ABS data points to ongoing workforce crisis
The Sector > Jobs News > ABS data points to ongoing workforce crisis – the impact is bigger than ECEC

ABS data points to ongoing workforce crisis – the impact is bigger than ECEC

by Freya Lucas

September 29, 2023

Australia’s persistent worker shortage crisis has been described as “a handbrake on vital economic growth,” by Saxon Davidson, Research Fellow at the Institute of Public Affairs, as new data from the Australian Bureau of Statistics (ABS) shows there are over 390,000 job vacancies across the nation, and that one in five Australian businesses cannot find the workers they need. 


In certain sectors and industries, such as early childhood education and care (ECEC), the crisis is more acute, and impacts the capacity of workers in other sectors to be available to complete their job roles. 


Job vacancy levels remain almost twice as high as they were three years ago, Mr Davidson continued, noting that Australia’s job vacancies have remained at over 350,000 since May 2021.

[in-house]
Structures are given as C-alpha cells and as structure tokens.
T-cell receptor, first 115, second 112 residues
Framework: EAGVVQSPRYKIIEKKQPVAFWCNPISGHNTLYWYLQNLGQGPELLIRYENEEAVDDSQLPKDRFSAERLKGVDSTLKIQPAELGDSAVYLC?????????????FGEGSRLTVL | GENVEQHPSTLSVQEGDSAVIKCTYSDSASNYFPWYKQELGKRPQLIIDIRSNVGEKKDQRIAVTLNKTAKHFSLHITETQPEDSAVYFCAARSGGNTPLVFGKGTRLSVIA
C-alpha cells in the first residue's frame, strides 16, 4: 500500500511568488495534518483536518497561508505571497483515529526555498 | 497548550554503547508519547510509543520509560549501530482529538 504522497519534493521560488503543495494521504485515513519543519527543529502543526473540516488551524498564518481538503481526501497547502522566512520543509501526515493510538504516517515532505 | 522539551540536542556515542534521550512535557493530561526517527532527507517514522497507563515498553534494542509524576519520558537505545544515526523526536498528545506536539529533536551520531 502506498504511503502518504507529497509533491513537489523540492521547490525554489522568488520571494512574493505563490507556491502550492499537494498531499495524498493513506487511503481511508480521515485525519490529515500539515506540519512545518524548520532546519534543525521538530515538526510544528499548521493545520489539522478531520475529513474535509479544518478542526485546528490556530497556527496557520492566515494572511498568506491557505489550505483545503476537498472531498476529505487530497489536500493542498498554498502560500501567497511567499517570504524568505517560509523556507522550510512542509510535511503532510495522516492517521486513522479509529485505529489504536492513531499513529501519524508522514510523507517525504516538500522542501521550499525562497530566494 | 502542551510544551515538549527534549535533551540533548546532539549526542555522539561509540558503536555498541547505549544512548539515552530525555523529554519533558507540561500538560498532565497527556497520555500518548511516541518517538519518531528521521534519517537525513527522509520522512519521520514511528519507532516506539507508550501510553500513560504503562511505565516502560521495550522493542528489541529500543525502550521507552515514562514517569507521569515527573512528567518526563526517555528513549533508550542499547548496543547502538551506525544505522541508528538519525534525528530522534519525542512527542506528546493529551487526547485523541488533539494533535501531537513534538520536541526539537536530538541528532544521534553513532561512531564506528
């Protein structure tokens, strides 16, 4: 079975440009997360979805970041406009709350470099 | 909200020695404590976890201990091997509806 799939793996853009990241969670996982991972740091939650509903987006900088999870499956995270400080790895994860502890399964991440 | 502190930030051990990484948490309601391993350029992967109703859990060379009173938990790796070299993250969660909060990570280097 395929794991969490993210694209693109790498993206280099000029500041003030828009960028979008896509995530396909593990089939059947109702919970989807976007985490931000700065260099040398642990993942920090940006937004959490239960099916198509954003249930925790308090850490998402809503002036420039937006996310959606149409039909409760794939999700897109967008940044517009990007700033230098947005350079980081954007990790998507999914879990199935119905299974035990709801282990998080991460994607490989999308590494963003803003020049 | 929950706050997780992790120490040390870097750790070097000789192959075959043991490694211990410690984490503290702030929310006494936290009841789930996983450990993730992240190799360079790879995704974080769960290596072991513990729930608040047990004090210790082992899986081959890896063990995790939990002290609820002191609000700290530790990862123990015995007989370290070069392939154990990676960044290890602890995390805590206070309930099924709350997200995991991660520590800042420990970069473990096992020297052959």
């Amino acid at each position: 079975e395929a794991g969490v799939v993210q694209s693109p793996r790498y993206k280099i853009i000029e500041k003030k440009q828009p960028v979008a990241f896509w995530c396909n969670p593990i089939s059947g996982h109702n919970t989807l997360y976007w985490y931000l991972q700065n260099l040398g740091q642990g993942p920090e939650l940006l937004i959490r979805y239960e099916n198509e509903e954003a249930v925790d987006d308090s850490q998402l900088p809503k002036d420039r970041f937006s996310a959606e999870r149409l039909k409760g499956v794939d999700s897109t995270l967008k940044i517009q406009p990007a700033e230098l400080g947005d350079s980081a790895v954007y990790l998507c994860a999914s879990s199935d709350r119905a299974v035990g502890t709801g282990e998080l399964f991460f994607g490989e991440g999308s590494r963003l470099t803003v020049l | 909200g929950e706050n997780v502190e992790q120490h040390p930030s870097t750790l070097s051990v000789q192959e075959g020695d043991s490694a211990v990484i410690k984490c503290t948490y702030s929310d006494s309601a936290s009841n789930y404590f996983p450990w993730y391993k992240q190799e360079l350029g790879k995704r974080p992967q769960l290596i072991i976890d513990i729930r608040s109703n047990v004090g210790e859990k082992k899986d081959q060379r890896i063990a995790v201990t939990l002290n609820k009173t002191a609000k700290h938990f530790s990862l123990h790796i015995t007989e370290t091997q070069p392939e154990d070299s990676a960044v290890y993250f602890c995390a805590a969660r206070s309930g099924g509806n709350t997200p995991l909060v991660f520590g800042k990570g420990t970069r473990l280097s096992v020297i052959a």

“While it is encouraging that job vacancies have reduced slightly, the job vacancy level still remains 72 per cent above the pre-covid mark from February 2020,” Mr Davidson explained.


Recent analysis by the Institute of Public Affairs found if tax and red tape barriers preventing pensioners, veterans and students from working were removed, job vacancies in each geographic zone across the nation could decrease by over 60 per cent.


“Australians have been aware of our ageing population for a considerable period, yet governments of all political stripes have failed to undertake serious reforms to remove the barriers preventing those who want to work from getting work,” Mr Davidson continued.


“Economic analysis by the IPA has found that Australia’s entrenched worker shortage crisis is costing Australians $32 billion in foregone wages and the Federal Government $7 billion in foregone income tax revenue,” said Mr Davidson.


“Getting pensioners, veterans and students into the workforce is a simple and effective policy measure that is good for them and good for Australia.”


To read the IPA’s worker shortage research, click here

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